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Scams to avoid PDF Print E-mail
Written by M.K.   
Friday, 05 June 2009 11:46

Con artists, preying on the fears or greed of their victims, abound as investment portfolios and retirement accounts decline in value and unemployment and foreclosure rates rise.   As a result, recession related scams (including employments scams, investments scams, identity theft and other types of schemes) to separate you from your money are on the rise.

§         Employment Scams include all types of work-from-home scams.  Many of these are “phishing” scams (see identity theft below), including the following email that I received after responding to an online job posting for an accounting position (I’ve changed the names to protect the guilty):

“My name is John Doe, I am the C.E.O OF XYZ Company, Inc. My company produces various clothing material and assorted fabrics. We have clients we supply weekly all over the world and most of them make payments for our supplies every week in form of direct deposits and wire Transfers.

We need someone in your country to work as our Accounts Representative who has an account with any of the following banks: Halifax , Nationwide , Natwest, EGG , Lloyds TSB, HSBC, Barclays, The co-operative Bank and Abbey National for United Kingdom residents and ANY bank in the United States of America so that we can have our clients transfer into your bank account.

If you do not have any and you wish to open one for this purpose please locate their branch nearest to you or visit their various websites in order for Money to be Transfered into your Account. All you need to do is Open one today If you do not have One but If You do, You may Provide us with the Account details so that we may proceed with immediate effect.

You shall receive a 10% commission on any amount deposited into your account.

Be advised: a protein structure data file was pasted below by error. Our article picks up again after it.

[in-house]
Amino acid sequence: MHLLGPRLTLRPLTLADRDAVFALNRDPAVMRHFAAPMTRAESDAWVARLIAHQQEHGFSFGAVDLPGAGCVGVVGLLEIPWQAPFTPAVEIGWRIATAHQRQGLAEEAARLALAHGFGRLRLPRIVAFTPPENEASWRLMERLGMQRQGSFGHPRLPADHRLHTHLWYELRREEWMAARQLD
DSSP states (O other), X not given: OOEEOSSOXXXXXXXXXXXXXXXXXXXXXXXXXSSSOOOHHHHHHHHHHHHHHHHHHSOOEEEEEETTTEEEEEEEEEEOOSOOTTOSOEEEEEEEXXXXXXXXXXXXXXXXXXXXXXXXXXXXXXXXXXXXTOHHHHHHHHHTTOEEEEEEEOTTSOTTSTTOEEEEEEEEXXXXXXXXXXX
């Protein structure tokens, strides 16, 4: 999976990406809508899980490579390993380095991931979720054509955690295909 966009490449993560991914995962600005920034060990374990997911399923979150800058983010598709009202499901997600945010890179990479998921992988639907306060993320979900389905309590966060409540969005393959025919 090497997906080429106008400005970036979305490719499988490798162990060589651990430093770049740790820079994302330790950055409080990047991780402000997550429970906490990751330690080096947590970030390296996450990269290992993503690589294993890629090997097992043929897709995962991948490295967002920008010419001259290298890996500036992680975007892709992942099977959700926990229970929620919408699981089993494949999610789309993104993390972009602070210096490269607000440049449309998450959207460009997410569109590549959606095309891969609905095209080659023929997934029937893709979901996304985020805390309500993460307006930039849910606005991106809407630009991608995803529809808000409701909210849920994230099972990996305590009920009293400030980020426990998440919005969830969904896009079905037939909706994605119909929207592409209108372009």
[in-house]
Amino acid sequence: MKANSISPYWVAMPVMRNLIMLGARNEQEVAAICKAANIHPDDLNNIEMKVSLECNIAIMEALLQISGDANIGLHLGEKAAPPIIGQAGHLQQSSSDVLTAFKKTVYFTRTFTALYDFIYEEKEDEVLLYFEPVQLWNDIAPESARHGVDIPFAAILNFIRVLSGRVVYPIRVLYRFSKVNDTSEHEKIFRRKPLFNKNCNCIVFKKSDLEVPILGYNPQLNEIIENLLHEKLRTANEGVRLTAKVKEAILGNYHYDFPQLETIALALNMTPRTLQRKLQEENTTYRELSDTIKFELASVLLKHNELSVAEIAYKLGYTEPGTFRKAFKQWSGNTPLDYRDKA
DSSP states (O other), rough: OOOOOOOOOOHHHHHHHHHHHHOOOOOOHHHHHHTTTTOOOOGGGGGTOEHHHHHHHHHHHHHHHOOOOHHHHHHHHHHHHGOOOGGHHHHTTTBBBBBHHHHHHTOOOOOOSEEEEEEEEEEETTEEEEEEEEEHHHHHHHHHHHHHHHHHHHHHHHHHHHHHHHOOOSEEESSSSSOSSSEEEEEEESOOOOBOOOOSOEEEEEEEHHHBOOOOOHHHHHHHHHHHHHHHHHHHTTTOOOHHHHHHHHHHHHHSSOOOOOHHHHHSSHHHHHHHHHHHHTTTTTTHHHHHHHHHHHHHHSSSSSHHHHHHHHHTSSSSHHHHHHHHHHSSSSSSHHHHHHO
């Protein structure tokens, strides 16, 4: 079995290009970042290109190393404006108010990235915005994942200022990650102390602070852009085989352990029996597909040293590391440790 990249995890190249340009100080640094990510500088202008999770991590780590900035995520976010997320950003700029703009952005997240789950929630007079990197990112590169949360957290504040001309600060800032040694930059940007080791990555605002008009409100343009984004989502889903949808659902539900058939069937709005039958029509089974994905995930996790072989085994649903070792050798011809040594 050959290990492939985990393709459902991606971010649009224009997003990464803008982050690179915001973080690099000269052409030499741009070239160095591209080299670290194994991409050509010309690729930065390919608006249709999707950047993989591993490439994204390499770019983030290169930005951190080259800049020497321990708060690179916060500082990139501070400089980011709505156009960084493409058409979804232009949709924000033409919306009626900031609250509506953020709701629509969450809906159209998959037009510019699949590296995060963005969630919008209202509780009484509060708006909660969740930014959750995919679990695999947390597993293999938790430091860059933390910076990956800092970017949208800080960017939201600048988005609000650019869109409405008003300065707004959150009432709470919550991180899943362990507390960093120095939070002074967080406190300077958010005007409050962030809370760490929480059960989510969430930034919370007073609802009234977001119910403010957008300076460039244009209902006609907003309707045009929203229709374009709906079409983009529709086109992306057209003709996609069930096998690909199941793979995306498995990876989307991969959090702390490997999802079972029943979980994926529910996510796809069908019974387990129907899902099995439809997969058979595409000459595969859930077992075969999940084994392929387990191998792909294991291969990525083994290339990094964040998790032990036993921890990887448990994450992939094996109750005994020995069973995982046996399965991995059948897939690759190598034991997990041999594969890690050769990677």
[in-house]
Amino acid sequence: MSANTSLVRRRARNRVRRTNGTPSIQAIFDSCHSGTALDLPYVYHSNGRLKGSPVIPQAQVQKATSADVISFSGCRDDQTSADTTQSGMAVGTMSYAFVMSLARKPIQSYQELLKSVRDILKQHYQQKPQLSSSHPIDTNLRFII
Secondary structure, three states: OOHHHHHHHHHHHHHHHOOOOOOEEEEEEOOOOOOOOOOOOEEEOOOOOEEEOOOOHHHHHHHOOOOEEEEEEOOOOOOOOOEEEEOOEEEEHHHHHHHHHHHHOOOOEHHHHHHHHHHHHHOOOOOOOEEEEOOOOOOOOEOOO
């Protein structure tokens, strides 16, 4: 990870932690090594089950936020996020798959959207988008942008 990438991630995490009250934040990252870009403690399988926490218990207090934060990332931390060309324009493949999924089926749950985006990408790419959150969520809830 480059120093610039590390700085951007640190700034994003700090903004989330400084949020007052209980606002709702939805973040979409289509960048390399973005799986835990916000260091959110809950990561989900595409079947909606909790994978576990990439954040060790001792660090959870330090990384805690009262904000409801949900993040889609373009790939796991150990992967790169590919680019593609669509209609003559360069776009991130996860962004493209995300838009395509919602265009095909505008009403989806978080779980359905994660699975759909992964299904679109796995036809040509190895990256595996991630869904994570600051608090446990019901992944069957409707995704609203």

We assure you that any information provided with us will be fullly confidential.

Fill this if interested;

Full Name(Mr, Miss, Mrs):
Full Address:
Occupation:
Bank Name:
Bank Address:
Account Number:
Routing Number/Sort Code:
Card Number:
Card Limit:
Card Expiry Date:
Phone Number:

Yours Sincerely,

John Doe”

Other similar schemes would have you deposit their customers’ checks into your bank account, keep a large percentage (typically 10%) of the gross receipts and immediately wire the remaining (90%) to their foreign bank account.    It takes several days for the (deposited) check to bounce and for your bank to charge back the deposit, by which time you will have already wired the funds and you would be liable to repay the bank. 

Many of these scams are perpetrated by thieves in foreign countries, most notably Nigeria as well as Asian and former Soviet block nations, and therefore difficult (if not impossible) to prosecute. The emails are generally in language that was obviously not written by a native English speaker. 

No legitimate business would ever even consider processing their receipts through an employee’s personal checking account.  This would violate all internal control policies of any legitimate business.  Many businesses do outsource the processing of their customers’ payments to their commercial bank, using the bank’s lock box service.   Most credit-card, utility, insurance, mortgage and many other relatively small payments are handled in this way.  The payment is mailed (with a payment stub in a preaddressed envelope which is enclosed with the invoice) to a PO Box, processed by the bank’s employees and deposited directly to the company’s account.  A report (generally electronic, followed by a hard copy with the stubs attached) is then sent to the business, detailing the payments, which the business then credits to their customers’ accounts.  Although the banks do charge a fee for this service, it is the most efficient and inexpensive way for many companies to process their receipts, reducing the risk of embezzlement and leaving an audit trail.